However, a cargo trailer was something of a godsend on a multi-day trip on the Great Allegheny Passage trail with a large all-ages group. We could offload gear off riders that were struggling. Everyday the trailer started out almost empty and by the end of the day it had a large collection of stuff.

Good luck with whatever approach you choose.
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Old 05-10-19, 10:31 AM
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We are planning our first ever tour on a tandem this July with 4 panniers only plus one saddlebag and one handlebar bag with camping equipment. I think it will work out ... based on my preliminary planning my wife will have to leave the hair dryer at home 😁
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Old 05-11-19, 02:15 PM
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Really good advice and input so far.

I chose a BOB trailer for a few reasons:
Mt. tandem with suspension fork didn't accommodate front panniers.
Don't like the totally overloaded rear pannier setup.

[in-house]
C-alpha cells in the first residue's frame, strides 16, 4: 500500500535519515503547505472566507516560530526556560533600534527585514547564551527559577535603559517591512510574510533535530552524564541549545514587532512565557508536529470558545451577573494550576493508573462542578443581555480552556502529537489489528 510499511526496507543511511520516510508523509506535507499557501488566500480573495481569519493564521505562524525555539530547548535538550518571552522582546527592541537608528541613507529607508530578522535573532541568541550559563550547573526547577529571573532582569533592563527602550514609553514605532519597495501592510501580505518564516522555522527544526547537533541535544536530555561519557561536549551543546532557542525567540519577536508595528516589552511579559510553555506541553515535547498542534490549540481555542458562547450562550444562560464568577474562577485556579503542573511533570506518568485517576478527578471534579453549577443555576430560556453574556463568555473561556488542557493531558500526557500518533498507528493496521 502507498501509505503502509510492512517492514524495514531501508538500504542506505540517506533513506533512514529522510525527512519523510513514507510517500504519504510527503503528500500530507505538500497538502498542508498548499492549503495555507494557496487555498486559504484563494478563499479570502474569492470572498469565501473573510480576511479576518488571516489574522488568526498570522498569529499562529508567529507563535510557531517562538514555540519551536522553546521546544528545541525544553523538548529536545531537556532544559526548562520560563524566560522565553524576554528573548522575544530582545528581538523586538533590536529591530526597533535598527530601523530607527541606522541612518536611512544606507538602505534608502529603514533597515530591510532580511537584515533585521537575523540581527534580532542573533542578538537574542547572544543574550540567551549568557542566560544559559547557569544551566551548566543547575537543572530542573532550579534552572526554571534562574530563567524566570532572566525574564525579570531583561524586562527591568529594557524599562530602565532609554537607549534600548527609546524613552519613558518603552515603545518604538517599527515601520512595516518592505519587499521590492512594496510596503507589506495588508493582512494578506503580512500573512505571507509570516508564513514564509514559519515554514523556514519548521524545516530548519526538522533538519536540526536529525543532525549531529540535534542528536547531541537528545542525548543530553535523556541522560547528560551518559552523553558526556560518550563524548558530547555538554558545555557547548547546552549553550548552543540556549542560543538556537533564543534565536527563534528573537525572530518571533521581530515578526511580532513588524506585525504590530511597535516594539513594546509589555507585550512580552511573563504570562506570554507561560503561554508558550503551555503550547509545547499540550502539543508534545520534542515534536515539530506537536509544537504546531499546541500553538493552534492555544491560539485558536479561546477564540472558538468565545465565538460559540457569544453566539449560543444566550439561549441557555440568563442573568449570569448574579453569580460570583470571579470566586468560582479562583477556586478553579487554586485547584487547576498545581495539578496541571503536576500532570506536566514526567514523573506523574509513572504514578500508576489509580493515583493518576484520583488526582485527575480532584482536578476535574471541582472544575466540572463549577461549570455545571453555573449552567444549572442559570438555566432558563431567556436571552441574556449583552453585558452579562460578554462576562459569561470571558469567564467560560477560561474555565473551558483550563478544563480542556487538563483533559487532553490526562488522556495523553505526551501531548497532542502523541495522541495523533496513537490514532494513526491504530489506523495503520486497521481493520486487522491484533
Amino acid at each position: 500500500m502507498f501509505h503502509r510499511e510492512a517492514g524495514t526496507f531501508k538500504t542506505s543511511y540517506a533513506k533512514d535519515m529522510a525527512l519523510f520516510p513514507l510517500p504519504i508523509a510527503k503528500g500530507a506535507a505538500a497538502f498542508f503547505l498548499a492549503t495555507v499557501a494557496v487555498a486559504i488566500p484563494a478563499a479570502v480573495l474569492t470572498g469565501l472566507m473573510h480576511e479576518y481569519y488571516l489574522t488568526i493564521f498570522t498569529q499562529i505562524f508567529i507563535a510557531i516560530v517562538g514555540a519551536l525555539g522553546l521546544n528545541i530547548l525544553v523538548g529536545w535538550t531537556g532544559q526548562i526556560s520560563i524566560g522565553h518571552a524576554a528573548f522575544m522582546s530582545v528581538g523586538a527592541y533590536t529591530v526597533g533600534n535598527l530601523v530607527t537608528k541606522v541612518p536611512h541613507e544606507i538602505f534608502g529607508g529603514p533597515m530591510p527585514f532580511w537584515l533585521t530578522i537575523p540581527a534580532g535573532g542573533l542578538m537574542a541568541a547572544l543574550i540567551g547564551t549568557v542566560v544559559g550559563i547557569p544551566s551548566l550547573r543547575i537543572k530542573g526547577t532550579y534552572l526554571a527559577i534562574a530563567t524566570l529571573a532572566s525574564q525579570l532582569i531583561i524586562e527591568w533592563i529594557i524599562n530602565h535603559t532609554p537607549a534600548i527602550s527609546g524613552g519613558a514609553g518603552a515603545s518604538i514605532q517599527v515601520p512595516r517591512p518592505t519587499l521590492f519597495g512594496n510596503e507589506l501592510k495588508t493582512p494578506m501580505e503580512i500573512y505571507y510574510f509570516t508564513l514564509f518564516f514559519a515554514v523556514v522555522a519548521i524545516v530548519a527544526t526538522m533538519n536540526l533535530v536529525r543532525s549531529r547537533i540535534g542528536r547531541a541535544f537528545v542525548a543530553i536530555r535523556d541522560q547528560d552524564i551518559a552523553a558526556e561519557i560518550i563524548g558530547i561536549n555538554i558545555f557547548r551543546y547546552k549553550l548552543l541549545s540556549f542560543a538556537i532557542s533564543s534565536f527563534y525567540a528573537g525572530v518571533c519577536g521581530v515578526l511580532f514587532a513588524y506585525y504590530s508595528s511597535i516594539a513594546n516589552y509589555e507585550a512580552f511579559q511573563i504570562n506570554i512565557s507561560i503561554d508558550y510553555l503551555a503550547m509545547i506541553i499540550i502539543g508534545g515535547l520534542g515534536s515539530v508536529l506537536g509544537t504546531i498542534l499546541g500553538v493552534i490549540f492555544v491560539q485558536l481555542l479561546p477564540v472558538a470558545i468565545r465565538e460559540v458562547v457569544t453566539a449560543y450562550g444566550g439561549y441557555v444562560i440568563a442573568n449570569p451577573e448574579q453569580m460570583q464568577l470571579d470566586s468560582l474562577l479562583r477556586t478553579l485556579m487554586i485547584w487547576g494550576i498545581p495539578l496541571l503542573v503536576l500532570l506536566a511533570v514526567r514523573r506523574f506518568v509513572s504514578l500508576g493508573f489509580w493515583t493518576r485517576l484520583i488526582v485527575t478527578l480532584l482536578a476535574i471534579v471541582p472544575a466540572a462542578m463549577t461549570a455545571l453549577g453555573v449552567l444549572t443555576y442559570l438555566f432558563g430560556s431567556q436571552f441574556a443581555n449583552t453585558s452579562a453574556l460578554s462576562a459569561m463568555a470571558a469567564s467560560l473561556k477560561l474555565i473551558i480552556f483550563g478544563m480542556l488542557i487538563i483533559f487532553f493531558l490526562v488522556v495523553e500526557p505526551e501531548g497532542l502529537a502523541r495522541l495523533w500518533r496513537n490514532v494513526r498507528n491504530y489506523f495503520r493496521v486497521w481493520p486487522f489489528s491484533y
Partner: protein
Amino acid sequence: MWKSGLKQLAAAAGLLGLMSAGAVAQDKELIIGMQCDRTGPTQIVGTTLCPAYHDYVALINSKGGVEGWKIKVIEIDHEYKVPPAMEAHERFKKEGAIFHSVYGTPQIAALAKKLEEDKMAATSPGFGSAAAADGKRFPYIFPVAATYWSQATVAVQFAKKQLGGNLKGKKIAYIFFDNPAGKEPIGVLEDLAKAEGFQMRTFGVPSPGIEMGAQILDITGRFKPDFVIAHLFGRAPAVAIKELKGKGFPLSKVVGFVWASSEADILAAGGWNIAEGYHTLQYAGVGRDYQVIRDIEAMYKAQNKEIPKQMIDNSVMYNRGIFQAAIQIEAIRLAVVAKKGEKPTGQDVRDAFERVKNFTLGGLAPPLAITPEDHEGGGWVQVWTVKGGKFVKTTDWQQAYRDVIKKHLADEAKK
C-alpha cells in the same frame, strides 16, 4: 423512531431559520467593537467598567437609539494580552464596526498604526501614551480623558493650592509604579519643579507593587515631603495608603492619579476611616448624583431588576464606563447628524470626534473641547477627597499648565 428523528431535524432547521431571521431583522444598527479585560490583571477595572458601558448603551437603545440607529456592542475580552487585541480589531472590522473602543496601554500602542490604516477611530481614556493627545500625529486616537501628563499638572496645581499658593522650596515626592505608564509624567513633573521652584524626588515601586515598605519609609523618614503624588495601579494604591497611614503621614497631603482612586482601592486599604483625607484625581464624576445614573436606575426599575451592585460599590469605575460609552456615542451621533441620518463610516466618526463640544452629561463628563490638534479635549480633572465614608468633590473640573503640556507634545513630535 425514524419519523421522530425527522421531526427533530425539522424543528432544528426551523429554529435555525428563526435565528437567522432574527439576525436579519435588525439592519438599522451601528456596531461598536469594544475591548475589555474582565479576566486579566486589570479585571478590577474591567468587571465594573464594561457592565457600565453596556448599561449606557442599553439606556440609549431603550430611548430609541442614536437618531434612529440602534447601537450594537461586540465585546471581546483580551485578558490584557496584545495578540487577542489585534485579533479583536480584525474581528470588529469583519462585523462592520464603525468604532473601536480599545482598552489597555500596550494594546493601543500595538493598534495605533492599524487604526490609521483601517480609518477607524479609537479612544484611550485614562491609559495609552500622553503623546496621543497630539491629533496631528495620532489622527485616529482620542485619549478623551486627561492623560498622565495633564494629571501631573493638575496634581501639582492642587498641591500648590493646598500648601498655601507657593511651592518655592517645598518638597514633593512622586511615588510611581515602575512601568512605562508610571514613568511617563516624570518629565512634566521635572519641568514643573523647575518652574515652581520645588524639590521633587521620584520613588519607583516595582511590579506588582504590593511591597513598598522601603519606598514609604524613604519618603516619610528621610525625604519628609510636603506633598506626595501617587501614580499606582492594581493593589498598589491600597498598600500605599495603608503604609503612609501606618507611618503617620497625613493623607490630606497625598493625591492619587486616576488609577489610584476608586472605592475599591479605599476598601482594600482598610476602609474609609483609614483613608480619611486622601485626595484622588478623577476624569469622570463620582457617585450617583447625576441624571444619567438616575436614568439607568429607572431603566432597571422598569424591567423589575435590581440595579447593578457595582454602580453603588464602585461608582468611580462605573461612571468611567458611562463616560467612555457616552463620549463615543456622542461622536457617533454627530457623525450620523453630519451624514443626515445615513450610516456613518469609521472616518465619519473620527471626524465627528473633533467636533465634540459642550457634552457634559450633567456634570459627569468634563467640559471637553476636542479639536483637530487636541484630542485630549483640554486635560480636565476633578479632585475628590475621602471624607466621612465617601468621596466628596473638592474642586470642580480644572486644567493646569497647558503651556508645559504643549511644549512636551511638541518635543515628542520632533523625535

The trailer seemed like a great way to keep tons of weight off the bike.
Touring offroad meant encountering bumps, ruts & rough terrain; thought it be better to do so without an overloaded tandem.
Industry deal made the BOB a financially reasonable solution.
Plus I liked the idea of having a trailer for my single bike as well for shopping trips.
We didn't have dedicated, lightweight touring gear, so we couldn't compress it into a manageable size.

We did meet a single bike tourer who overloaded his BOB, got high speed wobble and crashed HARD. He had MAJOR road rash and scars to prove it. So if you go with a trailer, respect the max weight limit. (Although a tandem should be better able to withstand high-speed wobble issues. Then again, the consequence of a crash is twice [or more] as bad!)

This was 20 years ago, before the proliferation of extensive use of frame, handlebar & seatpost bike packing.

You could start "small" by choosing some frame bags and starting with credit card touring to see how things go. Decide how much you like it and how much you intend to invest in lightweight touring gear.